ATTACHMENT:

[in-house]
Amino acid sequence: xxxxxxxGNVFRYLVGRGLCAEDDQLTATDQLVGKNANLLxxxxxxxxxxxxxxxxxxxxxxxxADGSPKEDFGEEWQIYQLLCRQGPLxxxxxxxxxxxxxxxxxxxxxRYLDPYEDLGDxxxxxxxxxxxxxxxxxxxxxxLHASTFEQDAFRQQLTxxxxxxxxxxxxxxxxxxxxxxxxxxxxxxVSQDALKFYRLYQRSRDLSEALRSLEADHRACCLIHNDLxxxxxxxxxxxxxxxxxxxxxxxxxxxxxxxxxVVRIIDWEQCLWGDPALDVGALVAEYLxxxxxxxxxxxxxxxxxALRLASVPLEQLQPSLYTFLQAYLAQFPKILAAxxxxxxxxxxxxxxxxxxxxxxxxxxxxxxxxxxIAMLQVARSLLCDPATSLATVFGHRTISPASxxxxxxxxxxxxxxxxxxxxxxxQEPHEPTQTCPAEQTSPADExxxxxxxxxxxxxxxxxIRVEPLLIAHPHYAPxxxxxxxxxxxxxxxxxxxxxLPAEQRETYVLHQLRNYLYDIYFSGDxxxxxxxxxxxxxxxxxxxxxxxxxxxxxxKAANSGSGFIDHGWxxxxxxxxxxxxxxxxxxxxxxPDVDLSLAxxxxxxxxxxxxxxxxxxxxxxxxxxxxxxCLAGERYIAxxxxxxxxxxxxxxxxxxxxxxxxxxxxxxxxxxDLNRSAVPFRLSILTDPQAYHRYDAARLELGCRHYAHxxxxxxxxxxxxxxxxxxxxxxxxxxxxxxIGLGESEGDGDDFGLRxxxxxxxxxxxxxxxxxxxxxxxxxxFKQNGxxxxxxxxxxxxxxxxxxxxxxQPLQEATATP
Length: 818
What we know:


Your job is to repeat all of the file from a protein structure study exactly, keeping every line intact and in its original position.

[in-house]
Amino acid sequence: xxxxxxxGNVFRYLVGRGLCAEDDQLTATDQLVGKNANLLxxxxxxxxxxxxxxxxxxxxxxxxADGSPKEDFGEEWQIYQLLCRQGPLxxxxxxxxxxxxxxxxxxxxxRYLDPYEDLGDxxxxxxxxxxxxxxxxxxxxxxLHASTFEQDAFRQQLTxxxxxxxxxxxxxxxxxxxxxxxxxxxxxxVSQDALKFYRLYQRSRDLSEALRSLEADHRACCLIHNDLxxxxxxxxxxxxxxxxxxxxxxxxxxxxxxxxxVVRIIDWEQCLWGDPALDVGALVAEYLxxxxxxxxxxxxxxxxxALRLASVPLEQLQPSLYTFLQAYLAQFPKILAAxxxxxxxxxxxxxxxxxxxxxxxxxxxxxxxxxxIAMLQVARSLLCDPATSLATVFGHRTISPASxxxxxxxxxxxxxxxxxxxxxxxQEPHEPTQTCPAEQTSPADExxxxxxxxxxxxxxxxxIRVEPLLIAHPHYAPxxxxxxxxxxxxxxxxxxxxxLPAEQRETYVLHQLRNYLYDIYFSGDxxxxxxxxxxxxxxxxxxxxxxxxxxxxxxKAANSGSGFIDHGWxxxxxxxxxxxxxxxxxxxxxxPDVDLSLAxxxxxxxxxxxxxxxxxxxxxxxxxxxxxxCLAGERYIAxxxxxxxxxxxxxxxxxxxxxxxxxxxxxxxxxxDLNRSAVPFRLSILTDPQAYHRYDAARLELGCRHYAHxxxxxxxxxxxxxxxxxxxxxxxxxxxxxxIGLGESEGDGDDFGLRxxxxxxxxxxxxxxxxxxxxxxxxxxFKQNGxxxxxxxxxxxxxxxxxxxxxxQPLQEATATP
Length: 818
What we know: